Global Reflections upon Remembering War
Edited By Catherine Gilbert, Kate McLoughlin and Niall Munro
How, in the twenty-first century, can we do commemoration better? In particular, how can commemoration contribute to post-war reconciliation and reconstruction? In this book, a global roster of distinguished writers, artists, musicians, religious leaders, military veterans and scholars debate these questions and ponder the future of commemoration. They include the world-renowned architect Daniel Libeskind, the Pulitzer Prize-winning journalist Tony Horwitz, the award-winning novelists Aminatta Forna and Rachel Seiffert, and the human rights lawyer and Gifford Baillie Prize-winner Philippe Sands. Polemics and reflections together with poetry and creative prose movingly illuminate a subject that speaks to our common humanity.
Re-valuing Silence (Férdia J. Stone-Davis)
férdia j. stone-davis
Theologian Férdia Stone-Davis argues that commemorative silence has been inflated and devalued. But, if listened to properly, silence remains a powerful means of protest and remembrance.
It has become customary to use silence as a tool for remembering those who have suffered and perished during war and situations of conflict, as a result of acts of violence or terrorism, through systemic failures such as Grenfell Tower, and as a consequence of other ostensibly unpredictable tragedies. The appropriateness of silence to such practices of commemoration is clear: words fail in such moments, and where words fail, silence falls. But what is to be made of this silence?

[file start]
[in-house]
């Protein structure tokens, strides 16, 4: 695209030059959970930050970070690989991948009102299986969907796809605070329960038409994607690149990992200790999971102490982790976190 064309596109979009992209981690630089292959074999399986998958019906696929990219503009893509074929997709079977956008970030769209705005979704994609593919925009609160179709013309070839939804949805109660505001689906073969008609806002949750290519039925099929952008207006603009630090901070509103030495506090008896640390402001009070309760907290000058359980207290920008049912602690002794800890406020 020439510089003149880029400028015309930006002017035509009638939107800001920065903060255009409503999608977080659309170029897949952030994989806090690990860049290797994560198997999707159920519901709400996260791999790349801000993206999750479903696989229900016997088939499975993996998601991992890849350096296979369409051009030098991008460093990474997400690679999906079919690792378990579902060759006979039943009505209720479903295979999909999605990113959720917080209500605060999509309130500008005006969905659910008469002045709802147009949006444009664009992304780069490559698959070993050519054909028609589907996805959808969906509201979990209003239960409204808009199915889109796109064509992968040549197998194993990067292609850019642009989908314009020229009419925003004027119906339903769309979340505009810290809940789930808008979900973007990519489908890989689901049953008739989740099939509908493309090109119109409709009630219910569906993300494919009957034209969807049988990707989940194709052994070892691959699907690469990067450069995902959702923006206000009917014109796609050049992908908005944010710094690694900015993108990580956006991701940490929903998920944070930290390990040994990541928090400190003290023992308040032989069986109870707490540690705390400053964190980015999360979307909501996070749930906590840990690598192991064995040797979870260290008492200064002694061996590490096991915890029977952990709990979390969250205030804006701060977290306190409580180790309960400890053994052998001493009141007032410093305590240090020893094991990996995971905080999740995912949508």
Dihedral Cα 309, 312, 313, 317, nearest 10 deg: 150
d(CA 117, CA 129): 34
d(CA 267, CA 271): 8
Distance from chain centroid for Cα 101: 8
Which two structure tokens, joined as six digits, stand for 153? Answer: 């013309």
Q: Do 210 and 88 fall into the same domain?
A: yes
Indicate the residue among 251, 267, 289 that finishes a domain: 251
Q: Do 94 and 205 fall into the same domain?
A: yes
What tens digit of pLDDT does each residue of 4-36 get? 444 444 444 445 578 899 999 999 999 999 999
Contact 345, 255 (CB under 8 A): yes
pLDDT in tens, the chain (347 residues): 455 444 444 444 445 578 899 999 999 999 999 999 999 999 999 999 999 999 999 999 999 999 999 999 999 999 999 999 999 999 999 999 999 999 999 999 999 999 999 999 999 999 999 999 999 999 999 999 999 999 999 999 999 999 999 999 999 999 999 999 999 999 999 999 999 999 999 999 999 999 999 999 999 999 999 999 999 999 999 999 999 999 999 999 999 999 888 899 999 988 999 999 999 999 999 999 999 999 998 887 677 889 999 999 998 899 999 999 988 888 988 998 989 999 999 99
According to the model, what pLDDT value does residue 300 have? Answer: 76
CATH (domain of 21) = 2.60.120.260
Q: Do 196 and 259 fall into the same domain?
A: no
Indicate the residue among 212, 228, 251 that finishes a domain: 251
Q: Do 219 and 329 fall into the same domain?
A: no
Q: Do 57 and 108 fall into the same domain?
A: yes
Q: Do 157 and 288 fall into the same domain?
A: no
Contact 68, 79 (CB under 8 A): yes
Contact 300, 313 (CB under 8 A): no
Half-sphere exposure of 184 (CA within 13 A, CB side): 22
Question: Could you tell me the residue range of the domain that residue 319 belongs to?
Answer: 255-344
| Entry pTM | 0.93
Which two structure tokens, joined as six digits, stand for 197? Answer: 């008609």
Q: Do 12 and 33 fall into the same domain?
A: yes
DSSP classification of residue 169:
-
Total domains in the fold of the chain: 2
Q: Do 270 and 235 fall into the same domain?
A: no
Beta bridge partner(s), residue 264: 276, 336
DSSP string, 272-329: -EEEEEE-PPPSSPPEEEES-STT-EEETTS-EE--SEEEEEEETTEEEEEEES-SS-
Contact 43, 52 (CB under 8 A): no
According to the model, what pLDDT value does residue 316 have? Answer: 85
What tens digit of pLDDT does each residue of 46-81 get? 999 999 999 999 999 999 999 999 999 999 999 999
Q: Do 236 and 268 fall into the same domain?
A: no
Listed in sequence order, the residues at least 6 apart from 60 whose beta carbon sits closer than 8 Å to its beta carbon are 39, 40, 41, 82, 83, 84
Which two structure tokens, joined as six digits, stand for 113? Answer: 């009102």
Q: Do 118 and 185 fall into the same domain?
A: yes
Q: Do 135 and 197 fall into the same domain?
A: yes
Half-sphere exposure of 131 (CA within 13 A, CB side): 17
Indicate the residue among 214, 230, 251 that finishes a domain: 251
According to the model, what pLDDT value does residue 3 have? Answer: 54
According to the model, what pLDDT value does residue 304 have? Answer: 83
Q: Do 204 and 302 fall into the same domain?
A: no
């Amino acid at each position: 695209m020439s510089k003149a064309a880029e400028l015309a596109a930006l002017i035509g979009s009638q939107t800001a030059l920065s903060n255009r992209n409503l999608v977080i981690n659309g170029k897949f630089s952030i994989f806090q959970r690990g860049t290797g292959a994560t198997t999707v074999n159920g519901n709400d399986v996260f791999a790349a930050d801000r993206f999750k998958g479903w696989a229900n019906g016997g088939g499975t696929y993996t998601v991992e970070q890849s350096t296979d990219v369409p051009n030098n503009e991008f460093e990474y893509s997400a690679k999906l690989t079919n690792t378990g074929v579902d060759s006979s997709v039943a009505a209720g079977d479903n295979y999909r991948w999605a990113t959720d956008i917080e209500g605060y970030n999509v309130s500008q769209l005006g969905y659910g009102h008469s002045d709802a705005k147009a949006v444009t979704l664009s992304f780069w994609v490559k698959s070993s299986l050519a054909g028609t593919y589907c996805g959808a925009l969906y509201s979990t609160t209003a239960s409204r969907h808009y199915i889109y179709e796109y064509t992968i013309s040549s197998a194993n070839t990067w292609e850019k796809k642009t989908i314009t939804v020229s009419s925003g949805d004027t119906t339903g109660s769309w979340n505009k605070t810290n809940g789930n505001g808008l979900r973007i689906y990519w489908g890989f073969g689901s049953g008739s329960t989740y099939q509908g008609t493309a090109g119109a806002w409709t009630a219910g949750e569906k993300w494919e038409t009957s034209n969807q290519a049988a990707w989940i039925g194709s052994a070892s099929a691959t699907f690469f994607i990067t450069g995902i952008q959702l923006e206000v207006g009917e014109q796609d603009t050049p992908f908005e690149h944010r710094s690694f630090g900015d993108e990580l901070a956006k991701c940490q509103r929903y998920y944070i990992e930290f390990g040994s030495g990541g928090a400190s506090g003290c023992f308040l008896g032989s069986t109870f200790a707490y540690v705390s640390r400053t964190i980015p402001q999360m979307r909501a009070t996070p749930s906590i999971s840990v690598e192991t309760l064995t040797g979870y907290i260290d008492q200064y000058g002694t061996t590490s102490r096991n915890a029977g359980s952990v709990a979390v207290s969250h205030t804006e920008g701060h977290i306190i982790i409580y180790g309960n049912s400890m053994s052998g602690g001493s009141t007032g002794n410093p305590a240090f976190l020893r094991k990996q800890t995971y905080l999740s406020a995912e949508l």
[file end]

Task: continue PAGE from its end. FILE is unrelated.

The inflation of commemorative silence was noted in 2008, in an article in The Independent newspaper. Speaking about Manchester United football team’s decision to hold a minute’s silence to mark the fiftieth anniversary of the Munich air crash, Andy McSmith said ‘Tomorrow’s silence will be one of many held this year – some lasting a minute, and some longer – to mark events, single deaths, multiple deaths, violent deaths and natural deaths. We live in a time of silence inflation.’1 Importantly, this article not only flags the increase of commemorative silence but signals the way in which silence – through the duration allocated to it – becomes a signifier for the relative importance of the event marked. So, he observes, if the Madrid train bombs, which killed 191 people, were worth three minutes, then the terrorist attack...
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